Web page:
In a move that’s sure to annoy consumers, TripAdvisor said Wednesday that its popular travel app will come preloaded on millions of Windows 10 desktop and mobile devices later this year. It’s a sign of Microsoft’s desperate attempts at app relevance that that actually sounds like a good idea.
TripAdvisor said that its app for Android and iOS has already been downloaded 215 million times to date, serving up a mix of user reviews and photos, plus a mobile feature that points users to nearby points of interest.
On devices supplied by Microsoft, only one third-party app tends to be preloaded: Candy Crush Soda Saga, precisely because consumers despise bloatware. Third-party vendors feel differently, however. The fact is, preloaded apps can slow down a machine and eat up precious space on a hard drive or SSD, which is why in 2015 PCWorld listed the PC vendors to avoid if you hate preloaded applications.
Smartphones also typically limit their bloatware to apps created by the carrier or device maker. In general, Apple and Google focus on supplying their own apps first and foremost, leaving it to the user to pick her own third-party apps.
So why would Microsoft’s partners choose to preinstall TripAdvisor, as well as other Windows 10 apps in the future? Because it’s a good idea.
No one trusts Microsoft’s app store
If you know nothing else but the name of a specific app, you can be almost certain to find it in Apple’s app store, and odds are there’s a version for Android, to boot. Apps that aren’t intrinsically mobile, such as Slack, generally have a version that the developers have authored for Windows PCs, or else there’s a generic Web service.
With Windows 10 Mobile, however, it’s a far different story. Android apps total almost 2 million; the number of apps written for iOS is about the same. Microsoft has stopped breaking out the number of mobile apps written for Windows 10 and Windows Phone 8.1, but now claims, “there are 669,000 apps written for phones, desktops, and tablets in the Windows Store.” Let’s face it: We all assume that apps written for Android and iOS simply aren’t on the Windows mobile app store, and we’re surprised when they are.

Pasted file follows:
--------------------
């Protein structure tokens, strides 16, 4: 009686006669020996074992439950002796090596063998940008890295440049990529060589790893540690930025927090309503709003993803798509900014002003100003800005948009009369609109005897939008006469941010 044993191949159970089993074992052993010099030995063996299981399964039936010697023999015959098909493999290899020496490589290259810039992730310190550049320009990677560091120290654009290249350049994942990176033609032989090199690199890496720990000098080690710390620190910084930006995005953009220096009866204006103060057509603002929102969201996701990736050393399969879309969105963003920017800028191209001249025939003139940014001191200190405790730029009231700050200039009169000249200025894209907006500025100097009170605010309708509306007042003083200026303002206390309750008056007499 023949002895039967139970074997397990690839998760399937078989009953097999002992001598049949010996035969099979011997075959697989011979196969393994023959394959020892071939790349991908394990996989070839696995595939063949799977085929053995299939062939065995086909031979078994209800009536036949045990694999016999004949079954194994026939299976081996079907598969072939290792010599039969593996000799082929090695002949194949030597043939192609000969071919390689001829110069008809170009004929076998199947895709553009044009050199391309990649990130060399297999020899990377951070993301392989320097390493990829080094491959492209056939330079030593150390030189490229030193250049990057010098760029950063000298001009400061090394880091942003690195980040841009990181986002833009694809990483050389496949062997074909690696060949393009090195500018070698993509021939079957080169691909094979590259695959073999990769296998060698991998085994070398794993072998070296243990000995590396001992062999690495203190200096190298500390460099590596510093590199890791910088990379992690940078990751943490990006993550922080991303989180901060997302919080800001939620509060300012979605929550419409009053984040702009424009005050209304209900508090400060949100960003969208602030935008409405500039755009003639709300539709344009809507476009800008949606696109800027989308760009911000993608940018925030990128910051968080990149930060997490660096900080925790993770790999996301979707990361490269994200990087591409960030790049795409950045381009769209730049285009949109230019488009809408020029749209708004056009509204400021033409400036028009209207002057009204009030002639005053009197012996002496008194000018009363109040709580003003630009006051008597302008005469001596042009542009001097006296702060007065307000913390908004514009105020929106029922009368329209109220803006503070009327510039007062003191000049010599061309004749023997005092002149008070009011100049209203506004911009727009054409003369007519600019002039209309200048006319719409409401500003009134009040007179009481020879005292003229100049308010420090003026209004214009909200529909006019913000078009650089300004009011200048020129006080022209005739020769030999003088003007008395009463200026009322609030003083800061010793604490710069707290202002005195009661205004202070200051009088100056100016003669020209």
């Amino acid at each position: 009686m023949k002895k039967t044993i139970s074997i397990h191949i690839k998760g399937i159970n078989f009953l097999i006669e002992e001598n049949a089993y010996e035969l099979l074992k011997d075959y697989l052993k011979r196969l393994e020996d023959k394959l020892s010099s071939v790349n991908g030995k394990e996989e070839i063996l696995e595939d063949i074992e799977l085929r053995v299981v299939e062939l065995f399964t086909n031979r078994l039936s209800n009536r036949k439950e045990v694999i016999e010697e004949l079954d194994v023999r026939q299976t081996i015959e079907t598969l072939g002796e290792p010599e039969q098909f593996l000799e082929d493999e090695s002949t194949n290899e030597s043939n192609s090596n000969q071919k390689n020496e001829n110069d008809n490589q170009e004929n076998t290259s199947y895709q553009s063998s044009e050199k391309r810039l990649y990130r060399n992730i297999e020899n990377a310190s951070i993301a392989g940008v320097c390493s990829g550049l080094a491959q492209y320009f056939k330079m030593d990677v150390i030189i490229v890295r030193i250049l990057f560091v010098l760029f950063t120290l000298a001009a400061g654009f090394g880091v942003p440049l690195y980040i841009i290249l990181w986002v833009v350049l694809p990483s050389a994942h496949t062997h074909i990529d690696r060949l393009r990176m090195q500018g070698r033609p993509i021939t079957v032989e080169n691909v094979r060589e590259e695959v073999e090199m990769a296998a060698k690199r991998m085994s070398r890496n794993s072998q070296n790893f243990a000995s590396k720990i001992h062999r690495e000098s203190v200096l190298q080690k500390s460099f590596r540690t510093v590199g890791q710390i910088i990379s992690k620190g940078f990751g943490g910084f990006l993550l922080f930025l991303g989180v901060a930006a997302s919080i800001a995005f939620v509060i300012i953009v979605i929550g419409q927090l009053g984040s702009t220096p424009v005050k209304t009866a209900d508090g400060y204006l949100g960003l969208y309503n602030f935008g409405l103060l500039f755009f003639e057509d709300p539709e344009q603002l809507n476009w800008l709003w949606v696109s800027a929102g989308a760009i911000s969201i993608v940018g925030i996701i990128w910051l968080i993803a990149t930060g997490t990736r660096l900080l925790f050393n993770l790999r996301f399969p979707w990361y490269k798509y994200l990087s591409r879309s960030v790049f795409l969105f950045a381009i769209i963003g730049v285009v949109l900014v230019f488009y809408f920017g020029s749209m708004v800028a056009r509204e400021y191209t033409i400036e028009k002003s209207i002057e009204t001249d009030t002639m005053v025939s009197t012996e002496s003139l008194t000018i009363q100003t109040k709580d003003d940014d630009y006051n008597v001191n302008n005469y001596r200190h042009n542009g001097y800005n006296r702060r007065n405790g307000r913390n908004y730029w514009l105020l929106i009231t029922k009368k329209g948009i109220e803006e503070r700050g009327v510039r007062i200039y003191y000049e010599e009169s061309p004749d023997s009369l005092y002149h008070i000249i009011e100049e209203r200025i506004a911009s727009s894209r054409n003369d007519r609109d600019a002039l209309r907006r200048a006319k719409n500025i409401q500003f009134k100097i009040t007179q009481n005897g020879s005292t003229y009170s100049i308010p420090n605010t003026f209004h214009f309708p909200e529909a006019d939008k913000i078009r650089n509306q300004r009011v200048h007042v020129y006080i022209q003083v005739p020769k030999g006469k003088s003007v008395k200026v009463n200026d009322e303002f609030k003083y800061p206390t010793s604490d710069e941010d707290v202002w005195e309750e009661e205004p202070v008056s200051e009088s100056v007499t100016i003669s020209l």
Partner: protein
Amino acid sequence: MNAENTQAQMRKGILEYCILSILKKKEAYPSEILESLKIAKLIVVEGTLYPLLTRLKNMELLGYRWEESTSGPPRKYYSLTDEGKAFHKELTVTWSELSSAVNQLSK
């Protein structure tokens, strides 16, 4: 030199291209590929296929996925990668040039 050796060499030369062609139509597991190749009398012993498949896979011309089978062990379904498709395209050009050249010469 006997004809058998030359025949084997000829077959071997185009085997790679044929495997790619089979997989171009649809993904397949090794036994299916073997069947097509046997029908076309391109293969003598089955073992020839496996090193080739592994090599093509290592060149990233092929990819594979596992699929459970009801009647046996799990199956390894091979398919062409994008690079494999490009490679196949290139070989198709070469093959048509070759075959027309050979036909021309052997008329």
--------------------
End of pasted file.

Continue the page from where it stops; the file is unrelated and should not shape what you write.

So if a user is buying a new Windows phone, it stands to reason that Microsoft wants to reinforce the notion that Windows phones are a rich platform, and that top apps are indeed written for it. Preloading popular apps like TripAdvisor or Yelp helps Windows’ image. (It’d be nice, obviously, if a few more major developers followed suit.) And as long as those preloaded apps can be easily uninstalled, I think users will be okay with it.
With just 2.8 percent of the U.S. smartphone market, Microsoft is staring into the abyss. Windows Phone 8.1 struggled, and recent reports suggest that it will be February or early March before older Windows 8.1 phones begin upgrading to Windows 10 Mobile. Rival Blackberry has basically given up and embraced Android. Yes, preloading apps smacks of desperation. But that’s where we’re at.